Domestic terrorism at the GOP convention

| September 10, 2008

The mainstream media gave little or no coverage to the various attempts to disrupt the RNC in St. Paul, but the investigators at Stratfor make it clear just how serious these attempts were:

On Sept. 5, two men from Austin, Texas, were charged in U.S. District Court in Minneapolis in connection with a plot to disrupt the Republican National Convention (RNC) held in St. Paul, Minn., last week. According to the criminal complaint filed in the case, each man was charged with one count of possessing Molotov cocktails.

In the complaint, authorities noted that one of the men, Bradley Crowder, was arrested Sept. 1 for disorderly conduct. The second man, David McKay, was apparently arrested Sept. 1 but then released. McKay was arrested a second time after a search warrant on the apartment at which he and Crowder were staying in St. Paul uncovered a total of eight completed Molotov cocktails. Authorities claim that Crowder and McKay had planned to use the Molotov cocktails against police vehicles in a parking lot near the apartment where they had stayed. According to an FBI affidavit, law enforcement officers used electronic means to monitor a conversation McKay had about using the incendiary devices. In the monitored conversation, McKay reportedly said, “…it’s worth it if an officer gets burned or maimed.”

Crowder and McKay, who were part of a small cell of activists that called itself the Austin Affinity Group, also brought a rented trailer to St. Paul that contained 35 improvised riot shields made from stolen traffic barrels. According to an FBI affidavit, the shields included protruding screws — an indication that they were not just defensive shields, but offensive weapons that could be used against the police. During the execution of the search warrant on the men’s apartment, police also recovered gas masks, slingshots, helmets and kneepads — items that underscore the protesters’ plans to actively resist the police.

Crowder and McKay were not the only ones planning to use potentially deadly means to disrupt the RNC. On Aug. 30, Matthew DePalma of Flint, Mich., was arrested by agents from the Joint Terrorism Task Force at a residence in Minneapolis and found to be in possession of five Molotov cocktails. DePalma was also charged in Federal District Court with possession of the devices. According to an affidavit, DePalma told an FBI source that he planned to use the Molotov cocktails on police. In one conversation, DePalma reportedly told the FBI source, “I will light one of those pigs on fire.” . . .

During the spring, the RNCWC [“RNC Welcoming Committee”] conducted a nationwide tour during which it traveled to, or communicated with, affinity groups in 67 cities. On May 3 it hosted a second pre-RNC conference in St. Paul called the “5.3,” which was attended by more than 100 activists representing at least 40 affinity groups and other organizing bodies from across the country. At the conference, St. Paul was divided into seven sectors, and different organizations were assigned responsibility for the direct actions that would occur within those sectors, according to the FBI affidavit. . . .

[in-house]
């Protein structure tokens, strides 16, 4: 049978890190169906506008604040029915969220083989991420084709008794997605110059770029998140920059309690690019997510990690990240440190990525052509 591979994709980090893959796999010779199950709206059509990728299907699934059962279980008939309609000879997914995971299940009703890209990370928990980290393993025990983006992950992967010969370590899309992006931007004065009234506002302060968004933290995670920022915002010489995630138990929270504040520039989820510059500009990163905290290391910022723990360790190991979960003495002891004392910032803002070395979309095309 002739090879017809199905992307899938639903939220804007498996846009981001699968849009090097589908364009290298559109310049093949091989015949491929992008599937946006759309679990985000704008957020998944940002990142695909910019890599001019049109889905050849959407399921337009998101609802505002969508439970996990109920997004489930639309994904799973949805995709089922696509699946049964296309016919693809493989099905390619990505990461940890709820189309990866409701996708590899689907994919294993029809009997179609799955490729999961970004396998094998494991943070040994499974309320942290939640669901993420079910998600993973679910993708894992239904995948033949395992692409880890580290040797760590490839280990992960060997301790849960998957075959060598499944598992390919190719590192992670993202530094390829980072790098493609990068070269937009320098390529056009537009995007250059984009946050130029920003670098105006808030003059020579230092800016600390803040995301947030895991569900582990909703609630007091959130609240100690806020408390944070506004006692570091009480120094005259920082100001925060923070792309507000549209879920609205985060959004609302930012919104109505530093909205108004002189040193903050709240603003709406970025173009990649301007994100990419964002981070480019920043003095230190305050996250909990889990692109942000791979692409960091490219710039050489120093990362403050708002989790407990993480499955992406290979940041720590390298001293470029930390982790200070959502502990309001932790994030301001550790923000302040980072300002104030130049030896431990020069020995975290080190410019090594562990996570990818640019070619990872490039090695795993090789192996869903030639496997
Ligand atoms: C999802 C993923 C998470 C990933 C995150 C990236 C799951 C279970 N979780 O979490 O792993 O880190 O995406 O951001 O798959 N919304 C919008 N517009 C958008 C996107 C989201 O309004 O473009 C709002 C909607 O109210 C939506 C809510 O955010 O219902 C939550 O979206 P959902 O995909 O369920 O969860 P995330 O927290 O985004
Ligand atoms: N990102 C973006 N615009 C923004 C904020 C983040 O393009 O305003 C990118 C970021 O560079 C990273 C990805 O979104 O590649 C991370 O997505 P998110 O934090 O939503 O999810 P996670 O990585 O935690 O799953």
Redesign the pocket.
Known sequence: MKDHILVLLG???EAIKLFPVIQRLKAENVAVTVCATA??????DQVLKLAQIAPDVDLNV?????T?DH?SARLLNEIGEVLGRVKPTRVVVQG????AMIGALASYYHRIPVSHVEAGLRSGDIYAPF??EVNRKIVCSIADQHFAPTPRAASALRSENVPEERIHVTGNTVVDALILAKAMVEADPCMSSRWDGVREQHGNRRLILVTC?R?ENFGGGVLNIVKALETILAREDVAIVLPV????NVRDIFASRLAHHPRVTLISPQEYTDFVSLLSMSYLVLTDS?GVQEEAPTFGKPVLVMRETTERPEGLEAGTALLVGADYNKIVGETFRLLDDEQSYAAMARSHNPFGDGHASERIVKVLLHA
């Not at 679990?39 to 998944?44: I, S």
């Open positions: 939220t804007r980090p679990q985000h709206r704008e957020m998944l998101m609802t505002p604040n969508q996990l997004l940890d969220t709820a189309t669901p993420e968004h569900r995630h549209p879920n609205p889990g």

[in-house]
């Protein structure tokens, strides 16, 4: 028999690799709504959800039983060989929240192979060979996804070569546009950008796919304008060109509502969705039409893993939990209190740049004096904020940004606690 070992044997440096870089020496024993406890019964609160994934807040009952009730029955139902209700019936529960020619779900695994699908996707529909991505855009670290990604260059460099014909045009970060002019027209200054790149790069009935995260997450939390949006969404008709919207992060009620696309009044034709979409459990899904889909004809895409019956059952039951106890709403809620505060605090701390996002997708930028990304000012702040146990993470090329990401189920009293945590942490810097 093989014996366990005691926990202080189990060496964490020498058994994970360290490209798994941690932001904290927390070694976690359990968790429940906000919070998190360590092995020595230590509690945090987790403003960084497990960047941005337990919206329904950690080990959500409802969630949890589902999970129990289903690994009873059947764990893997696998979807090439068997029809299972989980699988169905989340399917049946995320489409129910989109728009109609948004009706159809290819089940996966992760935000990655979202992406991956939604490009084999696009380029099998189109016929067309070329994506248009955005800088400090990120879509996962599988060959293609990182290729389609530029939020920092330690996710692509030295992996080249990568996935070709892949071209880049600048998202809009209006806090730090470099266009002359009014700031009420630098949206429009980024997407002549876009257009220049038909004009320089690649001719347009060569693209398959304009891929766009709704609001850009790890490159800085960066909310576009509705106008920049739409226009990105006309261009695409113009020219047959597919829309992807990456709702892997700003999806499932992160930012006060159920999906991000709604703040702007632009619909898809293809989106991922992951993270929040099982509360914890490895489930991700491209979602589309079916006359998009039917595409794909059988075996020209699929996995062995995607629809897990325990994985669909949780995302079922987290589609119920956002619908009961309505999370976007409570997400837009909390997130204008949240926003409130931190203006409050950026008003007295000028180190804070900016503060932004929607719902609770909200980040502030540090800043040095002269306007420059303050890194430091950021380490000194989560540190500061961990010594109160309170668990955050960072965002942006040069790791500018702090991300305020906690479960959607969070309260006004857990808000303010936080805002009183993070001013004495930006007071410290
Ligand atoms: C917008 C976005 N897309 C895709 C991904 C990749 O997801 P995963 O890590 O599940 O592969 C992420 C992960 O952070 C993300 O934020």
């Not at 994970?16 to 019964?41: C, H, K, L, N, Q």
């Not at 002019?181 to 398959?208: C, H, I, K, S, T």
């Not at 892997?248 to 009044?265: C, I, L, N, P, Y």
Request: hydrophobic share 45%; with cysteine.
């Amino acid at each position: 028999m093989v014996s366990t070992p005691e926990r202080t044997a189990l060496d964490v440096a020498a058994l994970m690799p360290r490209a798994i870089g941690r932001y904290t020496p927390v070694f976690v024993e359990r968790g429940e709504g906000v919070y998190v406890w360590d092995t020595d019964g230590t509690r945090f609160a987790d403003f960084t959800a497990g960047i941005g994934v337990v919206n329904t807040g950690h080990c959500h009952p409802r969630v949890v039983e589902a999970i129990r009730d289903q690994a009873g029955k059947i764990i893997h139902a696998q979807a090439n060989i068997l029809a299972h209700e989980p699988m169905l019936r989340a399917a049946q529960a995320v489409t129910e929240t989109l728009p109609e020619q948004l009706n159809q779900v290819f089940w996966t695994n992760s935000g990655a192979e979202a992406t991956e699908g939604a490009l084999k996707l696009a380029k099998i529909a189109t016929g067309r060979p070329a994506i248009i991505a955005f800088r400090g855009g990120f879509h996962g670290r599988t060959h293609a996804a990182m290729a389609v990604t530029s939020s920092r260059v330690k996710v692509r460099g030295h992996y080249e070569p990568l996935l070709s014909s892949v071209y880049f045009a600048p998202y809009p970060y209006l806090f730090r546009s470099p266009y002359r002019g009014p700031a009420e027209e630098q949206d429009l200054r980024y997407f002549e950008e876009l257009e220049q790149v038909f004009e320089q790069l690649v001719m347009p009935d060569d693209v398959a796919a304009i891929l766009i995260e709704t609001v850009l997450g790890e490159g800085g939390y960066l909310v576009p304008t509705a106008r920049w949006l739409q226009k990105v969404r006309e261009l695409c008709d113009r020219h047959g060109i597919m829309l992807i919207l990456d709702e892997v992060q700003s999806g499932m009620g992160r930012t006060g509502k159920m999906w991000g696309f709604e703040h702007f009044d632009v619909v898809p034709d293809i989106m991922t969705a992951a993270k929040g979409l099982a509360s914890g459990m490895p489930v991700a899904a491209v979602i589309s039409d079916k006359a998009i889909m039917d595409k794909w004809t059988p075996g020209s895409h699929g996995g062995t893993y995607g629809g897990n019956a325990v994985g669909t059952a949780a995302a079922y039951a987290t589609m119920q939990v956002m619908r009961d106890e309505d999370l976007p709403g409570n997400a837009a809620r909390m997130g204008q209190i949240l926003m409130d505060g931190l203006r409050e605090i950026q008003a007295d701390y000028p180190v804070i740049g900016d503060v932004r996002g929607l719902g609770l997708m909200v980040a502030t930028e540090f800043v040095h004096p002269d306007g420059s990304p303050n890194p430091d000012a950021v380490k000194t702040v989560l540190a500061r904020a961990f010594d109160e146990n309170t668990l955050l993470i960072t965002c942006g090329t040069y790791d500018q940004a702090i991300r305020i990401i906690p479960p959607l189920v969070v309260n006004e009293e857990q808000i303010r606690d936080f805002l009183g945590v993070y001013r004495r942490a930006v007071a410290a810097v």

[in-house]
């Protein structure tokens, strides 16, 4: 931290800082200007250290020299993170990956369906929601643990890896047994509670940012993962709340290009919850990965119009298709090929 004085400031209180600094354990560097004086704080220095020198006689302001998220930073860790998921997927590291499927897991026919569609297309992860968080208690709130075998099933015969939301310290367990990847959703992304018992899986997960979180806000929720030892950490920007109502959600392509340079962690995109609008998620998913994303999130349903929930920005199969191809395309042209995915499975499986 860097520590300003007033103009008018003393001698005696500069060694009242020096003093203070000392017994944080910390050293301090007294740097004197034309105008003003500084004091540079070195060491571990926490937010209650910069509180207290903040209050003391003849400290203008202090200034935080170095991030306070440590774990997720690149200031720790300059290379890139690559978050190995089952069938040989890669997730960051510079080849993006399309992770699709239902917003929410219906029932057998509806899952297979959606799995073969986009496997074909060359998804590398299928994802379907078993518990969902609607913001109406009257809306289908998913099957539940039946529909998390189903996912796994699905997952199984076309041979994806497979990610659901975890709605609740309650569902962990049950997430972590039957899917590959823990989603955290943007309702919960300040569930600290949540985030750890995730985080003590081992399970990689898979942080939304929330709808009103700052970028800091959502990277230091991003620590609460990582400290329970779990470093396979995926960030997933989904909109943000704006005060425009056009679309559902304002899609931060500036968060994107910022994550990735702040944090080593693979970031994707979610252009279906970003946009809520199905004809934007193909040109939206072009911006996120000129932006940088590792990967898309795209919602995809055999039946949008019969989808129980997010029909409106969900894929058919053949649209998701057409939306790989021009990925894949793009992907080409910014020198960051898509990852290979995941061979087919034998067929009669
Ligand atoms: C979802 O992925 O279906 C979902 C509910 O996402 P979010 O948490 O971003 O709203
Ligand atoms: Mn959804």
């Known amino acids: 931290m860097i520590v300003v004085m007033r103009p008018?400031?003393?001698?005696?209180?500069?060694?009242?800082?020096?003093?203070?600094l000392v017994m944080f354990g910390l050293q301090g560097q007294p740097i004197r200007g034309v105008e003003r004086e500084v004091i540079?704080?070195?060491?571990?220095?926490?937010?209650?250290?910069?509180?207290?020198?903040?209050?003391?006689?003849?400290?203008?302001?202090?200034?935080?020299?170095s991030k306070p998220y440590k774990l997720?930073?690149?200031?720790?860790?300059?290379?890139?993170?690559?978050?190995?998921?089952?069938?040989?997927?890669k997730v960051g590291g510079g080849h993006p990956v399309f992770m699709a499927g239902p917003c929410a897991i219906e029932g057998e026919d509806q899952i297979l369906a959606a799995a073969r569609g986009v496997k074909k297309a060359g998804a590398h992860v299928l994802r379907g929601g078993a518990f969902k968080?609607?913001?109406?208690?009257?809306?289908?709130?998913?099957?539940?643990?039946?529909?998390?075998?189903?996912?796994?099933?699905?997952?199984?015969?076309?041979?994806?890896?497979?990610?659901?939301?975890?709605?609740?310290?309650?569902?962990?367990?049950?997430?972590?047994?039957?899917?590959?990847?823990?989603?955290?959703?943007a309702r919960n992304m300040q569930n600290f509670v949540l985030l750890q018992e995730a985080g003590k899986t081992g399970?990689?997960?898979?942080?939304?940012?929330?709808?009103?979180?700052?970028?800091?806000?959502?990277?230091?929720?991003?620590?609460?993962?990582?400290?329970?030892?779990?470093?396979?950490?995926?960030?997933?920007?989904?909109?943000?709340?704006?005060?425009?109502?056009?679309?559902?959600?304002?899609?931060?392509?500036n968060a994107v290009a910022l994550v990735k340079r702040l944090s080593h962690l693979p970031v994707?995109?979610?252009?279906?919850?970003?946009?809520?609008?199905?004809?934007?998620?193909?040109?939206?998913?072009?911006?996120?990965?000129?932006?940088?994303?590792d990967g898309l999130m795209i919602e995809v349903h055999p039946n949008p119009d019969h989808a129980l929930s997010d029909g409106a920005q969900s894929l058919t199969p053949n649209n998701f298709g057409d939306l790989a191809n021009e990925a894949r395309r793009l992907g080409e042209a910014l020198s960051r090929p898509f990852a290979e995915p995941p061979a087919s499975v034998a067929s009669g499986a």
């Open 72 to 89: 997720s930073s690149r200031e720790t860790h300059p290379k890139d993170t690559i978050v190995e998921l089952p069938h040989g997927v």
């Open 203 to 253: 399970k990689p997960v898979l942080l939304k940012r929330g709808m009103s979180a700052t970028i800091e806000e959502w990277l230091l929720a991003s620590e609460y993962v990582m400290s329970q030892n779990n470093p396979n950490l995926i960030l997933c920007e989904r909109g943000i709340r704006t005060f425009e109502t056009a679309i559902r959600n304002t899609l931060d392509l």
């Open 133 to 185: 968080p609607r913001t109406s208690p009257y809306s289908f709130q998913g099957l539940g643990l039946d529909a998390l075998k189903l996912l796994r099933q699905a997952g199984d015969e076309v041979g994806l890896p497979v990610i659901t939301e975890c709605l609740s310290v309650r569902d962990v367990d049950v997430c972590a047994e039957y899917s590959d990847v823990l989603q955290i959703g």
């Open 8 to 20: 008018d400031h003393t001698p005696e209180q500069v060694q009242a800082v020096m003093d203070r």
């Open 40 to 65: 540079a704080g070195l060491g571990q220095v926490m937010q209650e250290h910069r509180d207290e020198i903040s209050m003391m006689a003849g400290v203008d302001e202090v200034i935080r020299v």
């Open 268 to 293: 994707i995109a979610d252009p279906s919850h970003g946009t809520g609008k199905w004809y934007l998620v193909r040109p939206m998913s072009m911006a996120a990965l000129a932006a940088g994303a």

However, the fact remains that many of the affinity groups were still able to launch direct action and block streets with dumpsters, fly signs from high-rise buildings, deploy dragon sleeve blockades, slash tires, throw bricks and other items from bridges onto cars, throw caltrops and spike strips on streets to flatten tires, shoot at police and convention attendees with slingshots, block delegate buses, assault delegates (physically and with noxious chemical sprays) and generally create large-scale mayhem and vandalism. These direct actions resulted in most of the more than 800 arrests during the RNC. These activities clearly showed that not all the affinity groups had been penetrated or rendered impotent.

The RNCWC was unable to fully implement its three-tiered strategy, but it did have the strength to attempt all three stages. It executed operations intended to block intersections, attack shuttle buses and block bridges. Some of these efforts met with success for a limited period of time, but the RNCWC’s goal of significantly interfering with the RNC was clearly not met. . . .

Read the whole thing.  ..bruce w..

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Category: 2008 Election, Main, Terrorism, US Politics

About the Author ()

Webster is Principal and Founder at Bruce F. Webster & Associates, as well as an Adjunct Professor of Computer Science at Brigham Young University. He works with organizations to help them with troubled or failed information technology (IT) projects. He has also worked in several dozen legal cases as a consultant and as a testifying expert, both in the United States and Japan. He can be reached at, or you can follow him on Twitter as @bfwebster.

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